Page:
- The result is epithelioid cell granuloma formation.
- Its peak level is seen after at least 14 days. Skin shows induration and even sometimes ulceration. This may be due to tuberculosis or chemical like talc.
- Microscopic appearance:
- There is the presence of typical epithelioid cells. These are the large and flattened cells with the increased endoplasmic reticulum.
- These are derived from the activated macrophagic cells under the chronic stimulation of cytokines; they continue to secrete TNF and thus continue the inflammation.
- Giant cells are formed by the fusion of the epithelioid cells to give multinucleated giant cells; these may be referred to as Langerhan’s giant cells.
- The multi nuclei are not in the center of the cells.
- There is the little endoplasmic reticulum.
- Lysosomes are undergoing degeneration.
- So the giant cells represent the terminal differentiation stage of the monocytes/macrophagic cells.
- In tuberculosis, there is a central area of necrosis.
- Lymphocytes surround Epitheloid/macrophagic cells. There is fibrosis caused by the proliferation of fibroblast and increased collagen synthesis.
Type IV hypersensitivity reactions and their appearance:
|Type of reaction||The maximum time for the reaction to appear|
|Contact hypersensitivity||48 to 72 hours|
|Tuberculin||48 to 72 hours|
|Granuloma formation||21 to 28 days (peak level is after at least 14 days)|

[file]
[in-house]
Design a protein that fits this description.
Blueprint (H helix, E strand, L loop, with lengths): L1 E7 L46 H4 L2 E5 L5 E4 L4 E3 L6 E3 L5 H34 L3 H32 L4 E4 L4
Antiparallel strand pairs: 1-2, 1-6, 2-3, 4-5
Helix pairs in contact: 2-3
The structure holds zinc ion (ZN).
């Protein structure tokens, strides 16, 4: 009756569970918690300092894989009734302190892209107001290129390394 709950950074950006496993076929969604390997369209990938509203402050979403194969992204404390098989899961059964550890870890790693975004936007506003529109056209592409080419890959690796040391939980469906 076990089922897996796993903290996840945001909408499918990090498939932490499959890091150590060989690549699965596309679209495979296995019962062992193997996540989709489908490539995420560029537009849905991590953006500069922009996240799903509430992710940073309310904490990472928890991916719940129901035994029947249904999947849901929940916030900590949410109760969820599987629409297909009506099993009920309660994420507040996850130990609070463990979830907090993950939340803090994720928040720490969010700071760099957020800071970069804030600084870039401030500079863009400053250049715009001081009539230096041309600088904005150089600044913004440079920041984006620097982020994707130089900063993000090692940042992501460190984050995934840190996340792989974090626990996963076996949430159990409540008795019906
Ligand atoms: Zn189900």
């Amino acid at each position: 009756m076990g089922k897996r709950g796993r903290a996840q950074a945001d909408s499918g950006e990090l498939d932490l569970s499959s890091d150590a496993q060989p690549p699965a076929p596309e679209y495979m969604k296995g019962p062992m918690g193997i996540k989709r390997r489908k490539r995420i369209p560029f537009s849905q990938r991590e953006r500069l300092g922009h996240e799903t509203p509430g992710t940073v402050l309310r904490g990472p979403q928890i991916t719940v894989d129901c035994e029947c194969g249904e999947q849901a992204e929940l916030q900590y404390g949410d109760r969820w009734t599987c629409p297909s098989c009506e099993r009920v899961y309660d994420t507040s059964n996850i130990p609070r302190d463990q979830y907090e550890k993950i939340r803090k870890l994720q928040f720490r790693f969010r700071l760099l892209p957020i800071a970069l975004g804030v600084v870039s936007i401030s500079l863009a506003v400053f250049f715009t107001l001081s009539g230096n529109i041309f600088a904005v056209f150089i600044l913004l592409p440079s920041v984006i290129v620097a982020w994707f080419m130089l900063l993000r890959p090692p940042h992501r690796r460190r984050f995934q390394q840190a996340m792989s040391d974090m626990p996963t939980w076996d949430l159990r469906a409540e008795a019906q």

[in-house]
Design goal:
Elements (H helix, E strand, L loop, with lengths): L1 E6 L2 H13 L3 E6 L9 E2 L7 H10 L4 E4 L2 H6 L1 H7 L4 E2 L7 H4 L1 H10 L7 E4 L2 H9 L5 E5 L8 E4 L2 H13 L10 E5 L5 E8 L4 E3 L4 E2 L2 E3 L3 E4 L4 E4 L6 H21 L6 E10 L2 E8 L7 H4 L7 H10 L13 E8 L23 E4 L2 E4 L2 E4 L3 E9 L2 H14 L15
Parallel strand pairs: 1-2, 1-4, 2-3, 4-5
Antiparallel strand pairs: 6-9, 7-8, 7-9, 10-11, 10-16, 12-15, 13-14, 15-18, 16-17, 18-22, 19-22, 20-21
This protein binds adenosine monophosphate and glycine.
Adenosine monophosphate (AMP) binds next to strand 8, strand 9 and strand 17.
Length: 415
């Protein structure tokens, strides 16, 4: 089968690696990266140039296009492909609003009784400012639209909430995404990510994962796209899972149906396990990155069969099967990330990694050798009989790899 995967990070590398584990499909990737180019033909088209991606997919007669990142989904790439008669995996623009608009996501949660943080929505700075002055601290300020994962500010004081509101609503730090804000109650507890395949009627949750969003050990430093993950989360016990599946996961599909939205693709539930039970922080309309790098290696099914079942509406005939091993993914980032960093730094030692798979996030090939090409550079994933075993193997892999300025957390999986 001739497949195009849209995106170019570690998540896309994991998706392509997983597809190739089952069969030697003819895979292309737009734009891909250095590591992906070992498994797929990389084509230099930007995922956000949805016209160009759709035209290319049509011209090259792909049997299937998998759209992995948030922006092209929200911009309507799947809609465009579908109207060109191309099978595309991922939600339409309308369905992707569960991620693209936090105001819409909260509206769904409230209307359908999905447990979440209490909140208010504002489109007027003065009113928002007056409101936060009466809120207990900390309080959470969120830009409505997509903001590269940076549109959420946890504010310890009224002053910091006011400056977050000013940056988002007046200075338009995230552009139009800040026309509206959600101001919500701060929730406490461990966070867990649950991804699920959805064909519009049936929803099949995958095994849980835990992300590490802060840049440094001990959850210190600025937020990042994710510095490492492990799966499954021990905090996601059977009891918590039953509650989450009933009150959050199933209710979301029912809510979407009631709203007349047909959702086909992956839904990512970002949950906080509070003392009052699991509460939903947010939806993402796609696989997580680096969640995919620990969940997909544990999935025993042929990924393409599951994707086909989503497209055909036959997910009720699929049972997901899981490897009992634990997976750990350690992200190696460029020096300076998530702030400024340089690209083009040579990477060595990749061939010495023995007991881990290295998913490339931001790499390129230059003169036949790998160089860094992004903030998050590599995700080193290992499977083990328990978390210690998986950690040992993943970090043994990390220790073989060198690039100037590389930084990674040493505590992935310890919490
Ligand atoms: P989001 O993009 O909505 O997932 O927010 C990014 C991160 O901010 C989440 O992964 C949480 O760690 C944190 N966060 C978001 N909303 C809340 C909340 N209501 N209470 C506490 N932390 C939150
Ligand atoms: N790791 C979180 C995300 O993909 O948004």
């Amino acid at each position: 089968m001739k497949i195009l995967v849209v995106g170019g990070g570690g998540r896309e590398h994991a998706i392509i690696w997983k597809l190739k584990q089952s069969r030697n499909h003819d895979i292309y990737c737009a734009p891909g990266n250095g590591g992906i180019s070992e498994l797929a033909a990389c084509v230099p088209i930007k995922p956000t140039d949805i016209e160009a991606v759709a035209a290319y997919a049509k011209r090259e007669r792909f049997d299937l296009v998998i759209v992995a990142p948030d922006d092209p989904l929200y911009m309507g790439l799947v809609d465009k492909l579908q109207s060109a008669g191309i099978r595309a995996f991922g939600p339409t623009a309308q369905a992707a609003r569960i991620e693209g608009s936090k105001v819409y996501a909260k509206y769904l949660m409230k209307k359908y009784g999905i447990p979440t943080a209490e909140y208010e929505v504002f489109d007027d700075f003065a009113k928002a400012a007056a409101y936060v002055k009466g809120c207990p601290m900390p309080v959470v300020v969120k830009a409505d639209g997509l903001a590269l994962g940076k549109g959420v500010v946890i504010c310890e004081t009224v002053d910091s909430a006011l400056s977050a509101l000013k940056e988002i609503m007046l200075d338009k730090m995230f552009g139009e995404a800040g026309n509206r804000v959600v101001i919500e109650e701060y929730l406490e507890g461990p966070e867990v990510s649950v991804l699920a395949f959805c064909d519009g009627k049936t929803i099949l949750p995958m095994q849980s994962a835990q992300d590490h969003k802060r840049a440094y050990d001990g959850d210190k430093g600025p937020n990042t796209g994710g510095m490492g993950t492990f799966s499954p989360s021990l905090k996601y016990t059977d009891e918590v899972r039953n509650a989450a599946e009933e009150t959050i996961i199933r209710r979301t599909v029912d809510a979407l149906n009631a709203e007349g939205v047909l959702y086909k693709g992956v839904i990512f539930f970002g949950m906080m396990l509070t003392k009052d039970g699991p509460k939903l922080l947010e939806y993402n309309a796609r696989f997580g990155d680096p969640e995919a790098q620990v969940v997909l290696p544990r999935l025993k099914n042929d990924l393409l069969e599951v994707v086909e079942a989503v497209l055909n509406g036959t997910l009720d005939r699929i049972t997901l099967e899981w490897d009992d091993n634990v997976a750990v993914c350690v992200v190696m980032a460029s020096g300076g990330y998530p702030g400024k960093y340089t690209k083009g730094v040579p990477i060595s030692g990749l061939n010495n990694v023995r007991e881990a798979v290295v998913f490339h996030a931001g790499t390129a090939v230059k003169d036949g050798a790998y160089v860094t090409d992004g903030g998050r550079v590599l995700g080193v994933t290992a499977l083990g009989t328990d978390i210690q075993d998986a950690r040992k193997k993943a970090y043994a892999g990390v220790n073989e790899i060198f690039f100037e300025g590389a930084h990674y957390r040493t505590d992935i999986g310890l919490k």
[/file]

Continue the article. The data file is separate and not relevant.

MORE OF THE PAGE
|Jone – Mote phenomenon||Appears within 24 hours and peak 1 to 6 days|
Robert Koch’s Phenomenon
This phenomenon was first observed in 1810 by Jenner in response to cowpox reinoculation and was later developed by Koch and Von Pirquet in response to tuberculosis.
Robert Kock in (1843 -1910) injected Tubercle bacilli into Rabbit. The rabbit developed signs and symptoms after 2 – 3 weeks as follows:-
- Enlargement of lymph nodes.
- Enlargement of the liver.
- Local ulcer.
- Healing took 4 – 6 weeks.
- A localized hardening and swelling develop at the site of injection.
When later on, this immunized Rabbit was exposed to tuberculous bacilli. He showed only induration after 24 hours, and peak reaction was between 48 to 72 hours.
Mantoux Test or Tuberculin Test (TT)
This test is based on Robert Koch’s phenomenon. It gives an idea of immunization or the status of immunization and the possibility of active tuberculous disease.
- Tuberculin (PPD = 0.1 mL)) is injected intradermally. The reaction appears after 4 to 8 hours, and the peak is 48 to 72 hours.
- Read the result between 48 to 72 hours.
- Initially, there is erythema and neutrophil infiltration. This is followed by mononuclear cells (lymphocytes and macrophage) infiltrate, causing induration at the injection site.
- Induration (palpable, hard, swelling, raised area), 5-10 mm is positive.
- Ignore the reading area.
- A positive result means that the person has previous exposure to tuberculous bacilli or has a history of immunization.
Grading of the tuberculin test:
Induration of 5 mm or more Induration of 10 mm or more Induration of 15 mm or more
- HIV patients
- Recent contact with an active case of TB
- Patient with prior H/O TB
- Patient with organ transplantation
- Patient with immunosuppressant therapy
- People from the high prevalent area
- Drug addicts who inject themselves
- Residents and employees of a high-risk area
- Laboratory worker handling TB culture
- Children <4 years of age
- Infants, children, and adults exposed to the high-risk group
Considered positive in any type of person, without any known risk factors
- Negative means = There is no history of previous exposure to tuberculosis.
- False-positive = There may be a false-positive reaction in patients on cortisone therapy.
False-positive results are seen in:
- Previous BCG vaccination.
- Incorrect interpretation of the result.
- Infection with nontuberculous mycobacteria.